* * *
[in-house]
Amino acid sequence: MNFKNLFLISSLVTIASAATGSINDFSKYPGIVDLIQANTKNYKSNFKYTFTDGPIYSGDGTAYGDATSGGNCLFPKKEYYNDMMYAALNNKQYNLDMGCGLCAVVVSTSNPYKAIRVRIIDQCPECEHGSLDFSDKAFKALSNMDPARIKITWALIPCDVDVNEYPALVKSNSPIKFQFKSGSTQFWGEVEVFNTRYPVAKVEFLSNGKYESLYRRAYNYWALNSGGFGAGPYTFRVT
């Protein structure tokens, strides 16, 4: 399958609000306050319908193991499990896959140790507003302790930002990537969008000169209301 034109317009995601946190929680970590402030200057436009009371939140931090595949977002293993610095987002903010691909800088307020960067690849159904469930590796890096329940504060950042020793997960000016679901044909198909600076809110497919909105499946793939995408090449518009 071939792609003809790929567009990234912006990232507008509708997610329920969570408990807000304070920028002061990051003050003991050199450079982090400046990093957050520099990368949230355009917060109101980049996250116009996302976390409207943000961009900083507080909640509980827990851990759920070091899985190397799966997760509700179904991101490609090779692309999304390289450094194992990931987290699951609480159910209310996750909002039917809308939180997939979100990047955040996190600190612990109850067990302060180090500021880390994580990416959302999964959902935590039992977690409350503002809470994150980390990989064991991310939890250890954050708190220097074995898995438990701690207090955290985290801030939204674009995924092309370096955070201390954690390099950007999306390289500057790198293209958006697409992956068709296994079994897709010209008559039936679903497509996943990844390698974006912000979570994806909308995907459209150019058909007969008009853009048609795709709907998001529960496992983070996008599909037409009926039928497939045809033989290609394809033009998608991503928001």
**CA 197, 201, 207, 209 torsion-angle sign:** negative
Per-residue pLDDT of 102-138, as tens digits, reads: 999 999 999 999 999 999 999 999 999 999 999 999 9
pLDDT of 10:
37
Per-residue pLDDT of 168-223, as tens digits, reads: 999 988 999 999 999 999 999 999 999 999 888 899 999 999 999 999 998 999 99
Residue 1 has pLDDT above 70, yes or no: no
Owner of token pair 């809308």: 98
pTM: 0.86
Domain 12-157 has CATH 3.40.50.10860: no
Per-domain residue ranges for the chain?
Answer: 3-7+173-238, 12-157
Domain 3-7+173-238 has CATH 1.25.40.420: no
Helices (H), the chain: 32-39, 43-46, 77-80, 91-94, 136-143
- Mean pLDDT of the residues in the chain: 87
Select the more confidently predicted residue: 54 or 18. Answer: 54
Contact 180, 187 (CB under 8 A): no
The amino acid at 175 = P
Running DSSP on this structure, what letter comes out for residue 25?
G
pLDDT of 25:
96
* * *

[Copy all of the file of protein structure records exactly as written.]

[in-house]
Amino acid sequence: MNFKNLFLISSLVTIASAATGSINDFSKYPGIVDLIQANTKNYKSNFKYTFTDGPIYSGDGTAYGDATSGGNCLFPKKEYYNDMMYAALNNKQYNLDMGCGLCAVVVSTSNPYKAIRVRIIDQCPECEHGSLDFSDKAFKALSNMDPARIKITWALIPCDVDVNEYPALVKSNSPIKFQFKSGSTQFWGEVEVFNTRYPVAKVEFLSNGKYESLYRRAYNYWALNSGGFGAGPYTFRVT
């Protein structure tokens, strides 16, 4: 399958609000306050319908193991499990896959140790507003302790930002990537969008000169209301 034109317009995601946190929680970590402030200057436009009371939140931090595949977002293993610095987002903010691909800088307020960067690849159904469930590796890096329940504060950042020793997960000016679901044909198909600076809110497919909105499946793939995408090449518009 071939792609003809790929567009990234912006990232507008509708997610329920969570408990807000304070920028002061990051003050003991050199450079982090400046990093957050520099990368949230355009917060109101980049996250116009996302976390409207943000961009900083507080909640509980827990851990759920070091899985190397799966997760509700179904991101490609090779692309999304390289450094194992990931987290699951609480159910209310996750909002039917809308939180997939979100990047955040996190600190612990109850067990302060180090500021880390994580990416959302999964959902935590039992977690409350503002809470994150980390990989064991991310939890250890954050708190220097074995898995438990701690207090955290985290801030939204674009995924092309370096955070201390954690390099950007999306390289500057790198293209958006697409992956068709296994079994897709010209008559039936679903497509996943990844390698974006912000979570994806909308995907459209150019058909007969008009853009048609795709709907998001529960496992983070996008599909037409009926039928497939045809033989290609394809033009998608991503928001």
**CA 197, 201, 207, 209 torsion-angle sign:** negative
Per-residue pLDDT of 102-138, as tens digits, reads: 999 999 999 999 999 999 999 999 999 999 999 999 9
pLDDT of 10:
37
Per-residue pLDDT of 168-223, as tens digits, reads: 999 988 999 999 999 999 999 999 999 999 888 899 999 999 999 999 998 999 99
Residue 1 has pLDDT above 70, yes or no: no
Owner of token pair 């809308």: 98
pTM: 0.86
Domain 12-157 has CATH 3.40.50.10860: no
Per-domain residue ranges for the chain?
Answer: 3-7+173-238, 12-157
Domain 3-7+173-238 has CATH 1.25.40.420: no
Helices (H), the chain: 32-39, 43-46, 77-80, 91-94, 136-143
- Mean pLDDT of the residues in the chain: 87
Select the more confidently predicted residue: 54 or 18. Answer: 54
Contact 180, 187 (CB under 8 A): no
The amino acid at 175 = P
Running DSSP on this structure, what letter comes out for residue 25?
G
pLDDT of 25:
96